Dr. Safar is Professor in the Departments of Pathology and Neurology at Case Western Reserve University (CWRU). He discovered previously unknown forms of prions, which led to the findings of new prion diseases, better understanding of the formation of human prions, and unraveling molecular mechanisms of prion strains. Dr. Safar invented the Conformation-Dependent Immunoassay (CDI) for detection, and Conformational Stability Assay (CSA) which are now used worldwide for differentiation of prions and prion-like proteins, and synthesized the first artificial human prion. His leadership role in the research of age-related neurodegenerative diseases caused by prions and prion-like proteins, such as Alzheimer’s disease (AD), Alzheimer’s Disease-Related Dementias (ADRD), and prion diseases is internationally recognized. He had the privilege to work with two Nobel Prize Laureates.
After completing his residency, chief residency, and PhD training in Biochemistry, Dr. Safar received Research Fellowship in the Laboratory of Central Nervous System Studies at the National Institutes of Health (NIH), directed by D.C. Gajdusek (Nobel Prize for Medicine 1976). Here he demonstrated that the difference between the normal and pathogenic prion protein lies in the conformational transition, and he introduced a novel concept of the folding intermediate as a crucial stage in the prion formation. For this groundbreaking research, he received the National Institutes of Health Merit Award. In 1996, he took a position of a Senior Scientist at the Institute for Neurodegenerative Diseases in San Francisco, directed by Stanley B. Prusiner (Nobel Prize for Medicine 1997), and a position of Associate Professor at the University of California at San Francisco (UCSF). During his 12 years at UCSF he expanded his prion research, discovered new oligomeric forms of prions, and led a research team that developed a new concepts for ultrasensitive detection and differentiation of prions and prion-like proteins exploiting differences in their structural organization.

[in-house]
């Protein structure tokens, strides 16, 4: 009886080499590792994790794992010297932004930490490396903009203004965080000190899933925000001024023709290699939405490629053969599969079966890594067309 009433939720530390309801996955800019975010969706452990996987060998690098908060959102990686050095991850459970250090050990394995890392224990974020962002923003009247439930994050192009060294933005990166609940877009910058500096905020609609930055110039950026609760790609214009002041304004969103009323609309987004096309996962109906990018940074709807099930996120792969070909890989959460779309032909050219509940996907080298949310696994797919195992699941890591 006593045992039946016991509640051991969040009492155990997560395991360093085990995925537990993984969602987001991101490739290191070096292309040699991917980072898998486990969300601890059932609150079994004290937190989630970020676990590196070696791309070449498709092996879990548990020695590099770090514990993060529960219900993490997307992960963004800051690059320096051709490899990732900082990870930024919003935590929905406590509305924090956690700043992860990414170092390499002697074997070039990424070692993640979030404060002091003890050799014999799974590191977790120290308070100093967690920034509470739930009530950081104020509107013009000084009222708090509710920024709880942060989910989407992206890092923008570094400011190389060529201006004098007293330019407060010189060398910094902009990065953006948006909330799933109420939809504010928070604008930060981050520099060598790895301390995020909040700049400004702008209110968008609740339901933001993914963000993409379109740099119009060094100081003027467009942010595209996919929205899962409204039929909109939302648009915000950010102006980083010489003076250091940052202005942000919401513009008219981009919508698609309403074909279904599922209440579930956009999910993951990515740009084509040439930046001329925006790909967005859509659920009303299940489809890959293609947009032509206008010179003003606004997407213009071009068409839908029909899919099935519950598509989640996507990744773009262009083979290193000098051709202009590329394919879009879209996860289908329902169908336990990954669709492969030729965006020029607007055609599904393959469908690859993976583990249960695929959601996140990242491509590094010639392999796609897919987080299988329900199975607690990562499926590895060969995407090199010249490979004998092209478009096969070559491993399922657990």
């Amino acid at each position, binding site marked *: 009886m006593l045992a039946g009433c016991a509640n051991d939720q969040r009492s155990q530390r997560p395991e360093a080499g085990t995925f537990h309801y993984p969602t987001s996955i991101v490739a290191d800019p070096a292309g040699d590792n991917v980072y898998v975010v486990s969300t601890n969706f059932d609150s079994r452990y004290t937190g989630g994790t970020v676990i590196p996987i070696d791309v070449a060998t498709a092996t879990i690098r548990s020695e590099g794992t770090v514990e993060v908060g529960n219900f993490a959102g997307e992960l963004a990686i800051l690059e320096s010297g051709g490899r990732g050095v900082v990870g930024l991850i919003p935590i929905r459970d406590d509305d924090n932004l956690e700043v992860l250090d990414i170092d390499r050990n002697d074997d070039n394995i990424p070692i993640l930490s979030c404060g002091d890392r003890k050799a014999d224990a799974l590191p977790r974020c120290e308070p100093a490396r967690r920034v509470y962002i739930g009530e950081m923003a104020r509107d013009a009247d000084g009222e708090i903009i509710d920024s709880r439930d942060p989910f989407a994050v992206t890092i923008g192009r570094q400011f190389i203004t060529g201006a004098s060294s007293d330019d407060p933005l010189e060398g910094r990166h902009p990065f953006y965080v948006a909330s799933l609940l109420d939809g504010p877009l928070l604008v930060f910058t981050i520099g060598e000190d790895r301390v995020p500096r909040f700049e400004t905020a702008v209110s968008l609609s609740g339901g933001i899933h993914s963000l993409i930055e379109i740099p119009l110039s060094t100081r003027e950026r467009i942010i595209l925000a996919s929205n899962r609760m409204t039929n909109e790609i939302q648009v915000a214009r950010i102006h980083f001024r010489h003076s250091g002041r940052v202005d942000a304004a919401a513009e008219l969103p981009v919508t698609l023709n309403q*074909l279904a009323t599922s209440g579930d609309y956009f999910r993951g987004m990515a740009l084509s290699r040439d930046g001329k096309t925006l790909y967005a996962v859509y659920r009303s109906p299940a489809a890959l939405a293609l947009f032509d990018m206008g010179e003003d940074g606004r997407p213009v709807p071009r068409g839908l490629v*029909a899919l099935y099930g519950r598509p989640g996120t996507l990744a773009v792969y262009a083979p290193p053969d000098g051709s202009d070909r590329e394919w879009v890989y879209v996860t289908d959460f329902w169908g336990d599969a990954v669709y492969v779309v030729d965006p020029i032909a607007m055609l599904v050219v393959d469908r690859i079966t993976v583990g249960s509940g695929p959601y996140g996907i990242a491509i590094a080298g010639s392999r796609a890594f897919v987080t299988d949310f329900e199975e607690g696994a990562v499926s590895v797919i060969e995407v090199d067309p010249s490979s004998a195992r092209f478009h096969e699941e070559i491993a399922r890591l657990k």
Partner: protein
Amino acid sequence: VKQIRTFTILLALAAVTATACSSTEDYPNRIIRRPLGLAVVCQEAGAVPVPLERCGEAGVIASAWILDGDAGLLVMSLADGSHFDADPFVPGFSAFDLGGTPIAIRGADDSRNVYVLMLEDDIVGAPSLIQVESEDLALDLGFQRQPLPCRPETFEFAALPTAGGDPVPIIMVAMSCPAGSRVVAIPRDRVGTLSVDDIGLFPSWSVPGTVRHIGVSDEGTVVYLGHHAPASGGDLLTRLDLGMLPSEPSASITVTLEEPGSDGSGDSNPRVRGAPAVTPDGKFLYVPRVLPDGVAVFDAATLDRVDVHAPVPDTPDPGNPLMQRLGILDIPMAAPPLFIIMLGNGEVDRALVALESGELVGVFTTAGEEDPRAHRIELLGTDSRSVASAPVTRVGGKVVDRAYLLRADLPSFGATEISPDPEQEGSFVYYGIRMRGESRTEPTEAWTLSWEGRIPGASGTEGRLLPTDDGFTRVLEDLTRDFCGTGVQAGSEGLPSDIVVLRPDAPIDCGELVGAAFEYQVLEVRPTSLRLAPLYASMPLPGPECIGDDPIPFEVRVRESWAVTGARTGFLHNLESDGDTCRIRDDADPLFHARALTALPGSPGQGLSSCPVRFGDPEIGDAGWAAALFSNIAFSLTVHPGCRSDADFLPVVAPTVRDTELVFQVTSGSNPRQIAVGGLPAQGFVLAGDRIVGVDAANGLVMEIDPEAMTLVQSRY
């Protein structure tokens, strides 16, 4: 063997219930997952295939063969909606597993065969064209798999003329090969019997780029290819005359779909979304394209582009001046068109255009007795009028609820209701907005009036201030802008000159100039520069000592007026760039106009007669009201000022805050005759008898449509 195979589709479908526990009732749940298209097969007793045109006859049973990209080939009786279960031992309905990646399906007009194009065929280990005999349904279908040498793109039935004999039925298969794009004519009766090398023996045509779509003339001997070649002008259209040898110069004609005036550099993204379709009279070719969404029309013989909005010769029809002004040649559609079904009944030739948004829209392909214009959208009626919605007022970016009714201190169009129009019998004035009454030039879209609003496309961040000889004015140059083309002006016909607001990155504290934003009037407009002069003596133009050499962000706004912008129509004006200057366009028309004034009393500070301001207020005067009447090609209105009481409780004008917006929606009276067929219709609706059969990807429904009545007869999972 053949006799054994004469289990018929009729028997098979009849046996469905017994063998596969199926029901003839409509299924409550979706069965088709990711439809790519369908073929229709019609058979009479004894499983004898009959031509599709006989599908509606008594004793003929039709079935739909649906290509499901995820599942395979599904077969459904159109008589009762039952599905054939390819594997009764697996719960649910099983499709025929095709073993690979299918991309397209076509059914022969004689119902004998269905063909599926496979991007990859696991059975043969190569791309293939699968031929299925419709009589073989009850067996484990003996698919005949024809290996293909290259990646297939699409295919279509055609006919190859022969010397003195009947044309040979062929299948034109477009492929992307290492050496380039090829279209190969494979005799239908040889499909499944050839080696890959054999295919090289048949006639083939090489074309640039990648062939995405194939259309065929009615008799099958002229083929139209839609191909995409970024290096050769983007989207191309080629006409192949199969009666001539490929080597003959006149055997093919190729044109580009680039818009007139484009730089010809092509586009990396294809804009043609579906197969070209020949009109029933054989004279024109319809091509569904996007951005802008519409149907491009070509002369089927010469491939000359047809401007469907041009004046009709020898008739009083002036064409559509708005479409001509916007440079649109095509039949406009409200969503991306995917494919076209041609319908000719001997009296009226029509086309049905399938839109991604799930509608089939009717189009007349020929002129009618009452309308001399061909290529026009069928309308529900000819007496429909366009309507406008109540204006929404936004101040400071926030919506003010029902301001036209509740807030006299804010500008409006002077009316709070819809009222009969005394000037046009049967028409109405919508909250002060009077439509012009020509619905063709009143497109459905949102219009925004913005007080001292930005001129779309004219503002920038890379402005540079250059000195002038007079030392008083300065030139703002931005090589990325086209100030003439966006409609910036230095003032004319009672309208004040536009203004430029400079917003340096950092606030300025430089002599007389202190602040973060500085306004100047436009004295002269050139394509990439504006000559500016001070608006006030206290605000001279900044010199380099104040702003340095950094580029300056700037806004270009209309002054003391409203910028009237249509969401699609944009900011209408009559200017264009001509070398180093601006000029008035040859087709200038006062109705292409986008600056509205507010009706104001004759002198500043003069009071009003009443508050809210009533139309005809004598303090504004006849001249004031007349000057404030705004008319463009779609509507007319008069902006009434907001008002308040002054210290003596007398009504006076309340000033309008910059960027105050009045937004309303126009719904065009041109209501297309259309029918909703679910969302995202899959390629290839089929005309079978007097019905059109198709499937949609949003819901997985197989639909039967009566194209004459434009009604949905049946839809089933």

In 2008, Dr. Safar was offered to establish a new research laboratory and expand his research on age-related neurodegenerative diseases caused by prions and prion-like proteins at the Department of Pathology at CWRU.
Dr. Safar’s international stature is firmly established: he served four years on the British Spongiform Encephalopathy Advisory Committee (SEAC), he is a member of the European Union's Prion Expert Group (Weybridge, Surrey, UK), and World Health Organization's(WHO) Advisory Board for Prion Diseases.
He is the author of 132 peer-reviewed papers, reviews and book chapters encompassing a broad range of research in conformational protein chemistry, neuroscience, molecular biology, immunology, and neurodegeneration in human and animal models. His 1998 Nature Medicine paper is the most quoted original work published on prions in the past 20 years (Cited 920-times, Institute for Scientific Information, 1998-2019). He holds 27 patents, including one for a method to detect misfolded proteins (Prusiner, S.B., Safar, J. (1999) US Patent # 5,891,641) and another for a device that removes prions from blood, plasma and other liquids (Prusiner, S.B., Safar, J. (2001) US Patent # 6,221,614 B1).